I have to agree with Tim Selwyn in his criticism of Phil Twyford’s peace about Moriori pacifism.
Twyford writes on Red Alert:
Moriori elders told us the story of chief Nunuku who made the covenant of peace, renouncing warfare and cannibalism. Hand to hand fighting with a wooden staff was allowed but only until first blood. When Taranaki iwi Ngati Mutunga and Ngati Tama Taranaki invaded the island in 1835, the islands’ men assembled to discuss how to respond. Young men argued they should fight to repel the invaders or risk extermination, but the elders were adamant that breaking the covenant would mean a loss of their mana as a people, that it was a sacred covenant with God that could not be broken.
Ngati Mutunga and Ngati Tama proceeded to kill and eat some 300 Moriori in a ritual slaughter. They took their lands and enslaved the survivors. From a population of around 2000 at the turn of the 19th century, first disease, then the invasion and enslavement saw the Moriori go into a steep decine. By 1862 only 101 remained.
So, the Moriori developed a policy of non-violence as an adaptive measure to cope with resource scarcity, which developed into a “sacred covenant” that proved tragically maladaptive when mainland invaders arrived who didn’t share the Moriori belief in non-violence. How this is supposed to be an advertisement for the benefits of pacifism escapes me.
I mean, I’m the first guy to oppose imperialist wars and I agree that violence should always be an option of last resort, but there’s nothing noble about lying down while your people get slaughtered to within an inch of extinction.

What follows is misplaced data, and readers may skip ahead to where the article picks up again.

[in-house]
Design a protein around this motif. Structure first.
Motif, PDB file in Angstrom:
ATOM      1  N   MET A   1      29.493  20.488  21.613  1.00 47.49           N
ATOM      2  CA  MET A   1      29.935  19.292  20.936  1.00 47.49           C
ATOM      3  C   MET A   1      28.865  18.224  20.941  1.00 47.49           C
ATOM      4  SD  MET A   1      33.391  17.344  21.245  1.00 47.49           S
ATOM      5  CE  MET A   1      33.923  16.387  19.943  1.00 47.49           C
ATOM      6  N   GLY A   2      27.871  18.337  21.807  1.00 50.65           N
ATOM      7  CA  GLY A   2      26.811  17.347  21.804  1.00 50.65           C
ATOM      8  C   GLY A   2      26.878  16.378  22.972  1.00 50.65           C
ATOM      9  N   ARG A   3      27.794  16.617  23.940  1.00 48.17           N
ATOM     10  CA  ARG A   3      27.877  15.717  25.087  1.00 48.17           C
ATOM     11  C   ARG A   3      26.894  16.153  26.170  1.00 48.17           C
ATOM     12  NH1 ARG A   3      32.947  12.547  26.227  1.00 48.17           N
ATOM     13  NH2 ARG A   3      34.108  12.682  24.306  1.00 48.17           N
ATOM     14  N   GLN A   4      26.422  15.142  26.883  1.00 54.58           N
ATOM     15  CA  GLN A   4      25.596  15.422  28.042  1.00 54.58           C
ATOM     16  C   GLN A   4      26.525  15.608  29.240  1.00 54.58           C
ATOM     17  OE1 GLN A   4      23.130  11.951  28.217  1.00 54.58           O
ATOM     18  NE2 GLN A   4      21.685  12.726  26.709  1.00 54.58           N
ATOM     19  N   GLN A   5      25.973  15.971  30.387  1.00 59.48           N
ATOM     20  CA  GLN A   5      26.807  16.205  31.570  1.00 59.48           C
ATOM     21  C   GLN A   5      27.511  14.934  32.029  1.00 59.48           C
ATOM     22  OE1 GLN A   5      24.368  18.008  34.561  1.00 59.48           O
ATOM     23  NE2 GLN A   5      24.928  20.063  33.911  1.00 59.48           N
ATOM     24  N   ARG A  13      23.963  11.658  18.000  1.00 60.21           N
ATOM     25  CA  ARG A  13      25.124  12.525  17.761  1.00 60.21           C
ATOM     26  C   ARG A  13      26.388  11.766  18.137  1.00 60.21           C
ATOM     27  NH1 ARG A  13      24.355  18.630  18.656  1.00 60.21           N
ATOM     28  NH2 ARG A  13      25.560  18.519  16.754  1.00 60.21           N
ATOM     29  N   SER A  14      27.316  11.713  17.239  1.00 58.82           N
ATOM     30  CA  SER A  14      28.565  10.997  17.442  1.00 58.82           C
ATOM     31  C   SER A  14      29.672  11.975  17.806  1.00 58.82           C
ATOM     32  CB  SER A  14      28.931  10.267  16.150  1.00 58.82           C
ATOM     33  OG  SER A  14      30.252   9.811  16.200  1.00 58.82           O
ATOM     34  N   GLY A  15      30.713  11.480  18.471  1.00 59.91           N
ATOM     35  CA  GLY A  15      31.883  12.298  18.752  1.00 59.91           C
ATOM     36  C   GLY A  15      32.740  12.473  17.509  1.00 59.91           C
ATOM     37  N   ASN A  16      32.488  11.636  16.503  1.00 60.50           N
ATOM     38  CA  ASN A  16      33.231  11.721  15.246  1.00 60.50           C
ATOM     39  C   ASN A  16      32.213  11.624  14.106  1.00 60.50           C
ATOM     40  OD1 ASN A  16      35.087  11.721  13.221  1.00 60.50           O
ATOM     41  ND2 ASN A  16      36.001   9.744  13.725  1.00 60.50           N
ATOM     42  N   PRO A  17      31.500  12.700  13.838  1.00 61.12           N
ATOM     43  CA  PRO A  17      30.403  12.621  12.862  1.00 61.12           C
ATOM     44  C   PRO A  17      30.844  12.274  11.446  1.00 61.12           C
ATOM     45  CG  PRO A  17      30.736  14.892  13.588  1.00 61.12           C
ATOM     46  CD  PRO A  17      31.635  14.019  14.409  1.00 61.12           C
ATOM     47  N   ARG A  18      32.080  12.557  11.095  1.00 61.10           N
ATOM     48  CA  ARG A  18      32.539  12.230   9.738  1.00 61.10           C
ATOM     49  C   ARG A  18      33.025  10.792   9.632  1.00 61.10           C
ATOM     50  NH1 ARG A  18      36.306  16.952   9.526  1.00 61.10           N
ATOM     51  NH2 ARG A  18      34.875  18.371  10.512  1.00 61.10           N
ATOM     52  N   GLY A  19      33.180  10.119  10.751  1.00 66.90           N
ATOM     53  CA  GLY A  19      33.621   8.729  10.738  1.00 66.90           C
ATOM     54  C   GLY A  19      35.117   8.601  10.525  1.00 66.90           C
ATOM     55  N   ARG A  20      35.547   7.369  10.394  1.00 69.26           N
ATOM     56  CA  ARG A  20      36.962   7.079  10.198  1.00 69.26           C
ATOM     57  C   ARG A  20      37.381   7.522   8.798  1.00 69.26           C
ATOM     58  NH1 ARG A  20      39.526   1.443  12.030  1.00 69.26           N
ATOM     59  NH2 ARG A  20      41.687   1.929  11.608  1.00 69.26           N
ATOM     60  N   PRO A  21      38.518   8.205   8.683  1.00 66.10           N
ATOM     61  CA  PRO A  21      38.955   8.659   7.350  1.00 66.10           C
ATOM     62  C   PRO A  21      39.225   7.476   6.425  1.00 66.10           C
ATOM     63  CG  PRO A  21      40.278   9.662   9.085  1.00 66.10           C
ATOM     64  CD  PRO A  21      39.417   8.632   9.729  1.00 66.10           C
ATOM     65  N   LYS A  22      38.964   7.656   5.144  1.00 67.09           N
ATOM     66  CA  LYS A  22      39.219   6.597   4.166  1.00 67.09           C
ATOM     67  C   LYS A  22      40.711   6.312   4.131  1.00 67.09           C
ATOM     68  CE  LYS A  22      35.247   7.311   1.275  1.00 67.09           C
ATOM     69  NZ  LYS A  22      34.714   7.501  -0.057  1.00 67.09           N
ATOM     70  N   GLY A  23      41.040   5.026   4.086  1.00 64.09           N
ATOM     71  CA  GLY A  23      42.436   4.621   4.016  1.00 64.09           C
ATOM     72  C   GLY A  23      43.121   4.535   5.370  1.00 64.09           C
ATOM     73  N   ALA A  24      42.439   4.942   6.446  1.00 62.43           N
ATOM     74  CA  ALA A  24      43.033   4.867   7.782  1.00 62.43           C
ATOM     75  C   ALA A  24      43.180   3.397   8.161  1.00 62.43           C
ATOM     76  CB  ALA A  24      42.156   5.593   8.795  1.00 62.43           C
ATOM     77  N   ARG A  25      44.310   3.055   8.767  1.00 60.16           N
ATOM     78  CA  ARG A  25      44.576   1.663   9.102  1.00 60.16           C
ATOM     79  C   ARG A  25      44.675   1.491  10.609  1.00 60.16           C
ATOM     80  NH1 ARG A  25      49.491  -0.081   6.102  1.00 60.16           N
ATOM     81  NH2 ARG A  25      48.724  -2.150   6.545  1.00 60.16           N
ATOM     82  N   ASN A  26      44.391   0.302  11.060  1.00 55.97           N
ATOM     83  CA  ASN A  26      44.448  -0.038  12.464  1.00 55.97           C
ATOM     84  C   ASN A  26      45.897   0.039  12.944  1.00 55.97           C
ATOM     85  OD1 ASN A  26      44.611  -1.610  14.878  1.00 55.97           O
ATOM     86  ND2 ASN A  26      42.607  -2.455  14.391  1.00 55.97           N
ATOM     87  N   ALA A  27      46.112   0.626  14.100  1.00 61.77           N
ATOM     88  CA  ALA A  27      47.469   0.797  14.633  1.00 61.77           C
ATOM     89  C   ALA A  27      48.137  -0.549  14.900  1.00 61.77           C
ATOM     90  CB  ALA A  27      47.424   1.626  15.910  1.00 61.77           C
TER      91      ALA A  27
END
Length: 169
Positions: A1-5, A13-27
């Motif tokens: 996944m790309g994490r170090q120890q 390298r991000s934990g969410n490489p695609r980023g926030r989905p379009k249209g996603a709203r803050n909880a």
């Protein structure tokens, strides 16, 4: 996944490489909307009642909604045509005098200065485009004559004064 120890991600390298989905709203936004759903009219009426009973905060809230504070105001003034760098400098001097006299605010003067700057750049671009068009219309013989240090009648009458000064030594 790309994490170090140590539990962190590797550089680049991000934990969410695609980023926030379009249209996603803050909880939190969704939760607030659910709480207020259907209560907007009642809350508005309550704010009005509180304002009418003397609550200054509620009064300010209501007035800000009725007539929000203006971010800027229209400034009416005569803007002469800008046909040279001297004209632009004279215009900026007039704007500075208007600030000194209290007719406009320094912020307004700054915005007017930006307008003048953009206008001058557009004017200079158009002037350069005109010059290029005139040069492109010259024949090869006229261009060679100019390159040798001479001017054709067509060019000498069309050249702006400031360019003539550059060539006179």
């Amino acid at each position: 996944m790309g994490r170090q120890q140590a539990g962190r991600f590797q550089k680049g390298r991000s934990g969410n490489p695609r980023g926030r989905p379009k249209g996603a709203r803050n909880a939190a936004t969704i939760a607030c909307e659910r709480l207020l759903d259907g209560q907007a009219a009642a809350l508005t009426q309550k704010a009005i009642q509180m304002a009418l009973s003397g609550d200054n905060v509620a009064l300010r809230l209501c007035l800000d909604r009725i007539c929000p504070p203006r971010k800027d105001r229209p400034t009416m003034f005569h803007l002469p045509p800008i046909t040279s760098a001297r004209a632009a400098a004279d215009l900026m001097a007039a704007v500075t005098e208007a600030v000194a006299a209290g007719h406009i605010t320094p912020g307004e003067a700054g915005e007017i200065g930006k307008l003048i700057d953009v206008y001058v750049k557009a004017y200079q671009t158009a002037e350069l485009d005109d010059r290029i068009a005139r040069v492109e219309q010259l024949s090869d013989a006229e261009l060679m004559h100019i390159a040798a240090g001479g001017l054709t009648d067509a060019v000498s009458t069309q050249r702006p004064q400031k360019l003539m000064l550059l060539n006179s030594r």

The Left needs to get over its romantic attachment to pacifism and gain a proper understanding of power. You will not beat your oppressor through logical argument and human understanding. There’s no retrospective victory on points because you kept your mana intact while being slaughtered by your enemies.
The one example of pacifism actually working is Gandhi, whose religious objection to violence led to the end of the British Empire in India through passive resistance. But as Orwell powerfully argued, this is a tactic that works only if you’re facing a liberal democracy that’s willing to be shamed into giving in.
It is difficult to see how Gandhi’s methods could be applied in a country where opponents of the regime disappear in the middle of the night and are never heard of again. Without a free press and the right of assembly, it is impossible not merely to appeal to outside opinion, but to bring a mass movement into being, or even to make your intentions known to your adversary. Is there a Gandhi in Russia at this moment? And if there is, what is he accomplishing?
If the Japanese had succeeded in occupying India in World War II the Mahatma might not be remembered so fondly. He freely admitted his tactics would have cost the lives of millions for no gain, and that his only answer was to offer up even more lives for the Japanese to slaughter.
Selwyn is right. A strict adherence to non-violence is exactly what an oppressive force needs from its opponents in order to take power and to stay in power. Labour should be careful to avoid confusing the honourable socialist tradition of anti-imperialism with the slave ideology of pacifism.